pro nonsense self defense
Posted On:7/12/2013 12:06pm
Style: FMA, dumbek, Indian clubs
I train Cacoy doce pares/eskrido so we do a fair amount of work with curving strikes. My teacher's son is amazing at using them. Here's my thoughts on them:
When you strike someone continuously at medium range, one of the best things that can happen is for your opponent to start chasing your stick, cause if you're good at it they'll be getting hit many times before they actually catch you. How do you get someone to chase it? By overloading them and/or stunning them with an unexpected strike first. Some of the curving strikes I like best are abaniko hitting from what appears to be the opposite side of what would be expected. For example, I chamber my stick above the right shoulder, so they think forehand, but then I throw abaniko from the other side.
This^ paragraph assumes a low-level bad guy who's easily distracted, so feel free to not be super convinced. After all, we've all seen WEKAF sparring where 2 guys keep throwing whatever they want at each other, ignoring the ones that hit them. Anyway, moving on:
Curving strikes are weak, but when they hit the head they distract. When you hit the head with one, either forehand or backhand, you've set yourself up for a strong tigbas strike across the torso or leg. This is basically a variation of that knife drill where you go forehand stab high > turn palm over to forehand stomach cut > backhand stab high > turn palm over to backhand stomach cut. These work amazingly well against people with no experience.
Another use of the curving strike is adding a bit of offensive capability to a tail. A tail is a movement that bleeds extra kinetic energy after a strike into circular force, cause when you hit hard you follow through. Not all styles have this but hard stickfighting ones do, like DBMA stickfighting. Halfway through a tail, there's a moment where you can turn it into a curving strike. So let's say you miss with a hard shot from largo and your wrist is turning into a tail, and they lunge forward, so you turn it into a quick curving strike as you continue moving.
The bigger problem with the question of effectiveness of curving strikes, though, is that we're all talking about a lightweight doce pares stick which isn't really a great weapon for real life anyway. So, can curving strikes be used with real weapons? I'll mention a few where the answer is yes.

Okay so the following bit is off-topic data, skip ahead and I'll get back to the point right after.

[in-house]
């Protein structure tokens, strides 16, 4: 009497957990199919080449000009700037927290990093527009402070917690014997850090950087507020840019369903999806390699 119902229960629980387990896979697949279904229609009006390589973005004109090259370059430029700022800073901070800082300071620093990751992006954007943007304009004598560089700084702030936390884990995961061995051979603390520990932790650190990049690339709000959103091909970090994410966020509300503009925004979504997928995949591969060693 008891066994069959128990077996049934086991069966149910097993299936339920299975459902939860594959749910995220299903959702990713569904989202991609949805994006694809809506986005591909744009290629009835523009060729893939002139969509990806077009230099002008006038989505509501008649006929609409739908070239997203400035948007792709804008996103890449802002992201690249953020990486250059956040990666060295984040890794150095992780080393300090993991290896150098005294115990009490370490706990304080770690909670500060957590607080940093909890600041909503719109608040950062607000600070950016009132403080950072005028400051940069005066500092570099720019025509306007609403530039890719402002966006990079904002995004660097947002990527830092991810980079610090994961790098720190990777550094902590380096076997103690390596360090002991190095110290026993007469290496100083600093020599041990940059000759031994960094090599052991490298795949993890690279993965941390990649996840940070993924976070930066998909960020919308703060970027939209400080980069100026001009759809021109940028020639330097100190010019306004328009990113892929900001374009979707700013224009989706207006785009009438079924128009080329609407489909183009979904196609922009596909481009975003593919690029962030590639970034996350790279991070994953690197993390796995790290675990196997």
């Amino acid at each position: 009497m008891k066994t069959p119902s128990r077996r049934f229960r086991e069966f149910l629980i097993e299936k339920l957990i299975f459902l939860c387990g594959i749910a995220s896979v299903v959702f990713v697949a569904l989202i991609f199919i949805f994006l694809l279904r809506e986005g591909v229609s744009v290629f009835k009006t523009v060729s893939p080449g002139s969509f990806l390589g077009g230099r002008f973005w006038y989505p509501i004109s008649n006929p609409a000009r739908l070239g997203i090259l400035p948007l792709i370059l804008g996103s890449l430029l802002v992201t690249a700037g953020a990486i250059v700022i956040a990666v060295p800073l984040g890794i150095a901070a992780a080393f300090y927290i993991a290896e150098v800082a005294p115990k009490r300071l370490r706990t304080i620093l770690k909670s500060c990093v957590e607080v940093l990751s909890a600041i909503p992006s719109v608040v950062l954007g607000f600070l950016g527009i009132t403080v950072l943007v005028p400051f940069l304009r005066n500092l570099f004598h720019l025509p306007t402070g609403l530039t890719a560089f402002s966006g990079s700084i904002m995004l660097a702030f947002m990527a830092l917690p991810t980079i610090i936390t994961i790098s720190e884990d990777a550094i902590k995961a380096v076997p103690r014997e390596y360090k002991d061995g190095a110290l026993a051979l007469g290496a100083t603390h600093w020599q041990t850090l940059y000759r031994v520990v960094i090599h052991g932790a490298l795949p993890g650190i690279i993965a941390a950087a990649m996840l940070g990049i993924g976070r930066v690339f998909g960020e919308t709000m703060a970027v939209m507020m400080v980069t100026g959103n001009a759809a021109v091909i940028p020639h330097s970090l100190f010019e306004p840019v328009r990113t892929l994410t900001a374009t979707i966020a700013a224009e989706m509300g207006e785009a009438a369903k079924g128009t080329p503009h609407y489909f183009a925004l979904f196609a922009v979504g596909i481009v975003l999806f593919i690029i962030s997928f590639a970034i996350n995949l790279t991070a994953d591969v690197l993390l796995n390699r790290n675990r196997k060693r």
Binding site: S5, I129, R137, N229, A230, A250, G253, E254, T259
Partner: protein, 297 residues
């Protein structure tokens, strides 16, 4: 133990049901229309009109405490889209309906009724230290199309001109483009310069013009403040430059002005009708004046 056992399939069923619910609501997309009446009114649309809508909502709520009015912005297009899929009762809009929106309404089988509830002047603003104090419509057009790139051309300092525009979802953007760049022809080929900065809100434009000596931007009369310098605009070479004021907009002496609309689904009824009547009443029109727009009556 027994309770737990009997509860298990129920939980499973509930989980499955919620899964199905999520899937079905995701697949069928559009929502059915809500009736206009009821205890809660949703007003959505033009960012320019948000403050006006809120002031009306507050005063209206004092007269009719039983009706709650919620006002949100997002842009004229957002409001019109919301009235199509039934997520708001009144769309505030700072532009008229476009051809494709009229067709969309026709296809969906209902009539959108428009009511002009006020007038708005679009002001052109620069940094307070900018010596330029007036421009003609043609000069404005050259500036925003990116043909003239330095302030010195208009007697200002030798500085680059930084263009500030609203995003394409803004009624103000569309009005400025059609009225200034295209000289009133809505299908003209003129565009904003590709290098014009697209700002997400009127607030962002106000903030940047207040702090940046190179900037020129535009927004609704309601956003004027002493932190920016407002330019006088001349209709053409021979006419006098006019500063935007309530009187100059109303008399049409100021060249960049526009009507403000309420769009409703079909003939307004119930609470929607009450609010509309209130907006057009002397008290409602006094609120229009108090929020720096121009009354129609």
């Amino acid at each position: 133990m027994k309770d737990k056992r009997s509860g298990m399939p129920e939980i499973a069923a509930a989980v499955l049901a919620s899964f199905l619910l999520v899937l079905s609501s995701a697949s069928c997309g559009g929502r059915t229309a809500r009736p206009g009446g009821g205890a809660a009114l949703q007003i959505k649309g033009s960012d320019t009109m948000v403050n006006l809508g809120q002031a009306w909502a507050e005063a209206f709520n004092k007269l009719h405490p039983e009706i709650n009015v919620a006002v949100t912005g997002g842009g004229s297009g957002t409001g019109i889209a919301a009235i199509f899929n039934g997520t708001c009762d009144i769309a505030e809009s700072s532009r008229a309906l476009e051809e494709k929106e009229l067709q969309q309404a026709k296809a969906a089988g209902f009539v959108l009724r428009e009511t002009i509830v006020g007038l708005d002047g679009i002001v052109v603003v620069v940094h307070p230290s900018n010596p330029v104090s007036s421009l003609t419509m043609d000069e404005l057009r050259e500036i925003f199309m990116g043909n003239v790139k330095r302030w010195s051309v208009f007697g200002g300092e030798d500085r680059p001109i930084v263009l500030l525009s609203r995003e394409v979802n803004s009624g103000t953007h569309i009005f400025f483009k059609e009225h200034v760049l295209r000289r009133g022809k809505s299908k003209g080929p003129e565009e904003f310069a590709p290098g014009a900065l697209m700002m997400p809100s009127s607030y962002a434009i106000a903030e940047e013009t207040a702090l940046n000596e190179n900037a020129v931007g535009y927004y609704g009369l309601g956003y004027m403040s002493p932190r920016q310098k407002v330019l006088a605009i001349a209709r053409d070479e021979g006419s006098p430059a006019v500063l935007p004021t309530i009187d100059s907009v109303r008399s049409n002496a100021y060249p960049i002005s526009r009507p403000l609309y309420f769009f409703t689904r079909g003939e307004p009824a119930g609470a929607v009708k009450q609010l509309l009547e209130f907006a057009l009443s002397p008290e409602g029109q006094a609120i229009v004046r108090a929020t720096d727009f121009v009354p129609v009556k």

The saber: A saber with a good curve can use curving strikes to go around a parry and hit with the tip anyway. This can be done when a cut is en route and you see a parry come up, in a movement called a wrap or wind. It feels almost like casting the point into the target.
The double edge sword: Earlier I mentioned the knife drill where you go forehand stab high > turn palm over to forehand stomach cut > backhand stab high > turn palm over to backhand stomach cut. With a large double edge, this becomes high forehand with false edge > forehand low > high backhand with false edge > backhand low. Along the same lines, the false edge strike can also be a parry that leads into a power strike from the same side. For this reason, I like to snipe at the weapon hand using the false edge if I can, so I'm in a good followup position. The downside though is that you can be accidentally disarmed in this way if your grip is weak.
So far, the blade stuff I've mentioned applies to kurbata and songkiti, but not abaniko. This is cause abaniko with a blade would hit with the flat, so not very effective. But you can use that motion to slap an attack out of the way, and with a little practice, you'll find that just as their weapon is knocked offline, yours will be facing them point-first and close enough to stab by just extending the arm.
Last edited by Permalost; 7/12/2013 12:10pm at .
Posted On:7/12/2013 3:12pm
I'll kind of echo what fuzzy said. They've got a place as setup if you're using lightweight weapons. Of course I generally think lightweight impact weapons are ridiculous. They are just annoying, and won't drop an opponent.
You tend to see curving abanico style strikes in tournaments that count quantity of strikes to score. Some refs will actually have clickers and just tally point, regardless of decisiveness or power. Once again, I find this kind of silly.
Combatively, give me a longer stick with some weight to it. (At least that's what she says). I'll hit with power. If someone closes and I get his a couple of times with curving strikes or standard ones, I'll:
A. Laugh at them if they've got a lightweight stick, then wallop them with my tree trunk. CAVEMAN SMASH!
B. Check/punch the **** out of them to make some space for my power counter strikes.
C. Bail out, covering with power shots.
D. Get grapply.
Standing there and trading is just stupid tactically. It's also unrealistic combatively. I mean we've all seen fights, and what happens when someone is getting peppered? They rush to clinch, and try to make it a wrestling match. It surprises me that so many stickfighters seem to ignore this, even though we've all known about this tactic since second grade.
Curving strikes fit into this medio-corto range which is very difficult to maintain without it going to a grapple. So if you're only going to land a shot or two before its a clinch, why wouldn't you want to land full-power shots?
Posted On:7/12/2013 3:24pm
There's also some miscellaneous techniques where you strike with an abaniko as you strip a weapon away.
Posted On:7/13/2013 2:02pm
Style: Tang Soo Don't Retired
My mistake Katje. Sorry. I obviously had something else in mind.
Posted On:7/14/2013 12:20am
Style: Escrima, boxing
Thanks for the input everyone. Some great content here.
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